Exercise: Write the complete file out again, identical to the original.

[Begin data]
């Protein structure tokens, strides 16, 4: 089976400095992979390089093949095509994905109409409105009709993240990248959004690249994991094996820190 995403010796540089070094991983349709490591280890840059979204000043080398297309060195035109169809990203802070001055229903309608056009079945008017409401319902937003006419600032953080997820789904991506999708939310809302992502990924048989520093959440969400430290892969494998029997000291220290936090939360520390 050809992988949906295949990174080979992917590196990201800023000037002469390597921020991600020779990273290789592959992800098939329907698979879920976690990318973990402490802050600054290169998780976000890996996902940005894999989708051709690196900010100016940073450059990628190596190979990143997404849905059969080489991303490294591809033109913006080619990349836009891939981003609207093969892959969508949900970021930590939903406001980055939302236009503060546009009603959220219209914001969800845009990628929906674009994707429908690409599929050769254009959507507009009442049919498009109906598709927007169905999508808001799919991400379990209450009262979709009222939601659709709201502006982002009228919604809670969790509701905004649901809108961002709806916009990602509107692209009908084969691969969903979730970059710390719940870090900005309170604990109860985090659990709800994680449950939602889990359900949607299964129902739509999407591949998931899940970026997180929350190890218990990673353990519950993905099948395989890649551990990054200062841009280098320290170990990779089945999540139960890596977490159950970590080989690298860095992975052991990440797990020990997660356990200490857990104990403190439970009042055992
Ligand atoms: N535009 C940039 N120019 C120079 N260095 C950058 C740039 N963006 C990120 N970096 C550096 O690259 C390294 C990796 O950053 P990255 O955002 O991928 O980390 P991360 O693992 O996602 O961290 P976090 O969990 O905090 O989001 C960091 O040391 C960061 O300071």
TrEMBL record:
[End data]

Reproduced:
């Protein structure tokens, strides 16, 4: 089976400095992979390089093949095509994905109409409105009709993240990248959004690249994991094996820190 995403010796540089070094991983349709490591280890840059979204000043080398297309060195035109169809990203802070001055229903309608056009079945008017409401319902937003006419600032953080997820789904991506999708939310809302992502990924048989520093959440969400430290892969494998029997000291220290936090939360520390 050809992988949906295949990174080979992917590196990201800023000037002469390597921020991600020779990273290789592959992800098939329907698979879920976690990318973990402490802050600054290169998780976000890996996902940005894999989708051709690196900010100016940073450059990628190596190979990143997404849905059969080489991303490294591809033109913006080619990349836009891939981003609207093969892959969508949900970021930590939903406001980055939302236009503060546009009603959220219209914001969800845009990628929906674009994707429908690409599929050769254009959507507009009442049919498009109906598709927007169905999508808001799919991400379990209450009262979709009222939601659709709201502006982002009228919604809670969790509701905004649901809108961002709806916009990602509107692209009908084969691969969903979730970059710390719940870090900005309170604990109860985090659990709800994680449950939602889990359900949607299964129902739509999407591949998931899940970026997180929350190890218990990673353990519950993905099948395989890649551990990054200062841009280098320290170990990779089945999540139960890596977490159950970590080989690298860095992975052991990440797990020990997660356990200490857990104990403190439970009042055992
Ligand atoms: N535009 C940039 N120019 C120079 N260095 C950058 C740039 N963006 C990120 N970096 C550096 O690259 C390294 C990796 O950053 P990255 O955002 O991928 O980390 P991360 O693992 O996602 O961290 P976090 O969990 O905090 O989001 C960091 O040391 C960061 O300071």
TrEMBL record: